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Stories from the Verse
Chapter 109: Slade 125
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I suppose, Slade thought, that since we aren’t escorting a shade prisoner who is a weapons expert we’re no longer as important as we were. They were not taken to General Wilson directly, but up a chain of command that began with a lieutenant in charge of the watch, and went through a captain and a major before they were seated across from the general. The early afternoon had given ground to early evening.
“So,” General Wilson began, “you came here from General Vargas.”
“Yes, but probably not in the sense you mean,” Slade answered.
“We had been on a mission that took us into Shade territory, and when we found our way back to our own lines we connected with one of General Vargas’ patrols, and so went to his camp. We explained some of the mission to him and stayed there for some time, and then resumed our journey scouting Shade territory as we went. We were running low on supplies, and decided we needed to swing back to our own lines.”
“I see. And this mission?”
“The objective is to obtain information about the advanced weapons used by the shades, possibly samples of such weapons, so we can improve our own weapons.” That was close enough to what Vargas knew that if they compared notes at some point it wouldn’t seem like a significant difference.
“Interesting.” The general tapped his fingers thoughtfully on the table. Then he continued, somewhat hesitantly. “You don’t think it would be immoral for us to use the kinds of weapons they use?”
The question was so surprising, Slade quickly decided there was more behind it than he could easily address with a quick answer. He stalled. “I’m sorry, what do you mean?”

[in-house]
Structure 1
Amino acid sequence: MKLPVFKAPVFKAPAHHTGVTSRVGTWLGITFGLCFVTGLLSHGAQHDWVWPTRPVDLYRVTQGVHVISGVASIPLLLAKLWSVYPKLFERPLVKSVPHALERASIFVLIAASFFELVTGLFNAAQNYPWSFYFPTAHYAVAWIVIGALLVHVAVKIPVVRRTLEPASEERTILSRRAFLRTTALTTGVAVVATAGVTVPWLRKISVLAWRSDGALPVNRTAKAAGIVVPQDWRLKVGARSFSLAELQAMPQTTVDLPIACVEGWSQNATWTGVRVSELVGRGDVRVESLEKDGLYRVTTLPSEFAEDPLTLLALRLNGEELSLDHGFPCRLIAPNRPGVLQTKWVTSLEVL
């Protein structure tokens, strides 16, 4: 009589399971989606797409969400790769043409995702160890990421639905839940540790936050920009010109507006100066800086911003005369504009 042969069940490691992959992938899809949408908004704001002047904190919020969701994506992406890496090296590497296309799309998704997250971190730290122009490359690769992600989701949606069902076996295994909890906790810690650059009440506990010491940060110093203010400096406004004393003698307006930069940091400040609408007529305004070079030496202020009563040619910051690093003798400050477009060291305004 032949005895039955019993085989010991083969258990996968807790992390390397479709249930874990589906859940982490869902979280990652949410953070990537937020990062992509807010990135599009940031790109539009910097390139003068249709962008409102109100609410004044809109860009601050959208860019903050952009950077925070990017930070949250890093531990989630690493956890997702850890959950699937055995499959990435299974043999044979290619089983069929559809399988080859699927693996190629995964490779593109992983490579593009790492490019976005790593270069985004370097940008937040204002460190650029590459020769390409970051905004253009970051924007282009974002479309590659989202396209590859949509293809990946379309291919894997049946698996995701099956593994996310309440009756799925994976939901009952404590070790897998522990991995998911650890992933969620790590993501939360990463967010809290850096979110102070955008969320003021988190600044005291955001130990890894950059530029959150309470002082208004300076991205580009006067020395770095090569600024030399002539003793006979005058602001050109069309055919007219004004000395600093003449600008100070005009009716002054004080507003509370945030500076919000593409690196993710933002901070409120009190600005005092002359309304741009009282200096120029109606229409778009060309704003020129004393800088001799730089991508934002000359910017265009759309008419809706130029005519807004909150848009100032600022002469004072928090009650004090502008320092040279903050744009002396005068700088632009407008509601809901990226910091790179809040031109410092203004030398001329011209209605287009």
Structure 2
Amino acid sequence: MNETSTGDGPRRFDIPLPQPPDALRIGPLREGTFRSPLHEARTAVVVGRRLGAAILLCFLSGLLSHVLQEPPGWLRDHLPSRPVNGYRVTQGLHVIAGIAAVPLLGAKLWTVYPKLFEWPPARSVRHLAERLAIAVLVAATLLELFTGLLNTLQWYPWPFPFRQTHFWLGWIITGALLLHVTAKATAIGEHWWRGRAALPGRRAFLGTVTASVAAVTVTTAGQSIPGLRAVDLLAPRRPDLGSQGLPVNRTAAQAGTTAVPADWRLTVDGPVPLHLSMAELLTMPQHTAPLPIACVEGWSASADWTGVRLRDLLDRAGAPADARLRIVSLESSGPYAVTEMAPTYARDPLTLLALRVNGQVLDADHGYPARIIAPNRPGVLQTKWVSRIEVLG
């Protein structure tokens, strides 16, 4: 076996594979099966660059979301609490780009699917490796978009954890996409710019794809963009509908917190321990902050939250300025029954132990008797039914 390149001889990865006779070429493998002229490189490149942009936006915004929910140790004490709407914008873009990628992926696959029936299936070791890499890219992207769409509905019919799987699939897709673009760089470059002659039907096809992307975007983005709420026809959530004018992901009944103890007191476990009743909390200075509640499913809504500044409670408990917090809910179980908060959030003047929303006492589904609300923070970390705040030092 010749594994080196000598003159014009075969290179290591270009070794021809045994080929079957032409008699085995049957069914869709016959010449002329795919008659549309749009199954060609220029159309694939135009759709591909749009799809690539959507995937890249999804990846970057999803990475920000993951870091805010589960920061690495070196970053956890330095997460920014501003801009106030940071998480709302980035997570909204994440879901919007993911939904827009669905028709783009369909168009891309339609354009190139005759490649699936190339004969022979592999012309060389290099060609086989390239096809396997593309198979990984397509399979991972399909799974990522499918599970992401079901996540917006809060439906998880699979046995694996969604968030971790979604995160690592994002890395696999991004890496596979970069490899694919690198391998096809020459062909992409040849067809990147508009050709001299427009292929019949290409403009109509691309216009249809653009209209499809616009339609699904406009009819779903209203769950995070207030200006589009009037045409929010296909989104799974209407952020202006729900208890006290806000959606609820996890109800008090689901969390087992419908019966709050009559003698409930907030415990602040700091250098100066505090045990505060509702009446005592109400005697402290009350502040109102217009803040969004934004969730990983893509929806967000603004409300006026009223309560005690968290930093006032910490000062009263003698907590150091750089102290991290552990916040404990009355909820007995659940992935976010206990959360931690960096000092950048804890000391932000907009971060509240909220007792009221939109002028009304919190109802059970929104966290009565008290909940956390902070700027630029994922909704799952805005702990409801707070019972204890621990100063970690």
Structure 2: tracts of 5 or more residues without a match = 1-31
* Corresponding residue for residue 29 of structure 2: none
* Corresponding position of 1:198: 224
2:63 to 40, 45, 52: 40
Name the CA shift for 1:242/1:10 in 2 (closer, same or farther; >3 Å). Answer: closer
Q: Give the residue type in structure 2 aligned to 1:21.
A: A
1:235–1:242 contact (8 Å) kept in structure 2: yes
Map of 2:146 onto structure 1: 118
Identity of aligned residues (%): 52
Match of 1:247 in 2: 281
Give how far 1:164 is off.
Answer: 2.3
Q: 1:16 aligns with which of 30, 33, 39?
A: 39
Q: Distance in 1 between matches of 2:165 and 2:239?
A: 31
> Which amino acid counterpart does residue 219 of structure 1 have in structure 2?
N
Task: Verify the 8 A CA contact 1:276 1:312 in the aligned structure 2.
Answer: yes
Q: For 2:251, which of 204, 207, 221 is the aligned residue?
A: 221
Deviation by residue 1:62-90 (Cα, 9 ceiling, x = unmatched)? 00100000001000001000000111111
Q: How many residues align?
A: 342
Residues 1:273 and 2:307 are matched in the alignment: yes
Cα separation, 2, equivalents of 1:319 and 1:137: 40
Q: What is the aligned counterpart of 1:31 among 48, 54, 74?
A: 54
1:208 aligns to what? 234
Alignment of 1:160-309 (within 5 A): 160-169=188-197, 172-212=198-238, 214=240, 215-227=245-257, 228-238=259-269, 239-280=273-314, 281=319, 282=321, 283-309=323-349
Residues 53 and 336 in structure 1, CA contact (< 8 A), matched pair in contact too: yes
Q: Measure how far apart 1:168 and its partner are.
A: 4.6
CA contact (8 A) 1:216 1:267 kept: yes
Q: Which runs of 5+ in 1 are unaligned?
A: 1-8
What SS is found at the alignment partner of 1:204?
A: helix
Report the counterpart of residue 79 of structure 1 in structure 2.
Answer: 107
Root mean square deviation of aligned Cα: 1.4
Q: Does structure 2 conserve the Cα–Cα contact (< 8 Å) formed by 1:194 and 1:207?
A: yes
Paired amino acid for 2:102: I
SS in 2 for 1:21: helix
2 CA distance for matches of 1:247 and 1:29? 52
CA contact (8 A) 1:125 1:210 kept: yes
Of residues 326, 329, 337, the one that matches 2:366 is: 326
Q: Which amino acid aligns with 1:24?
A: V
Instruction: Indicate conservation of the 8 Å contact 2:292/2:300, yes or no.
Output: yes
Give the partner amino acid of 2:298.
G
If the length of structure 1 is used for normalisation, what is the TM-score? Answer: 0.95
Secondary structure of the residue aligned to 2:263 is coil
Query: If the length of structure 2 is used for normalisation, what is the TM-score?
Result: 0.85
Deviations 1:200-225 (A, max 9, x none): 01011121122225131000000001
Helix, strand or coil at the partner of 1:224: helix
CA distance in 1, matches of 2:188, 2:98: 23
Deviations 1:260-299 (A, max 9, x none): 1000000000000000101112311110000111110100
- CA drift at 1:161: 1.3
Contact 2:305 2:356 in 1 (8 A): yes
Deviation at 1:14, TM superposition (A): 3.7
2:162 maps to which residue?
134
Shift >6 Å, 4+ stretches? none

The general shifted his position, leaning back in his chair a bit.
“The weapons we use,” he said, “have been handed down from our grandfathers. They are honorable weapons, weapons with which one man faces another, and a man kills or dies in a fair fight. The Shades, though, use weapons of devastation. They don’t just kill a man; they mangle his body sometimes beyond recognition. They don’t face one man with one man, but use guns which can kill dozens in a few minutes. It is a totally dishonorable, indeed disreputable, way to fight. It is what makes us human, what distinguishes us from them, that we do not use such weapons.”
There was something in the way the general spoke that suggested this was personal. Slade thought it likely he had lost someone to a Shade attack, and knew he should tread carefully in this subject. On the other hand, he could hardly imagine that the use of a superior weapon was necessarily dishonorable, nor that Colonel Mlambo was in some way inhuman because he had and used the superior technology. Yet it was a fascinating notion worth exploring, and Slade couldn’t resist.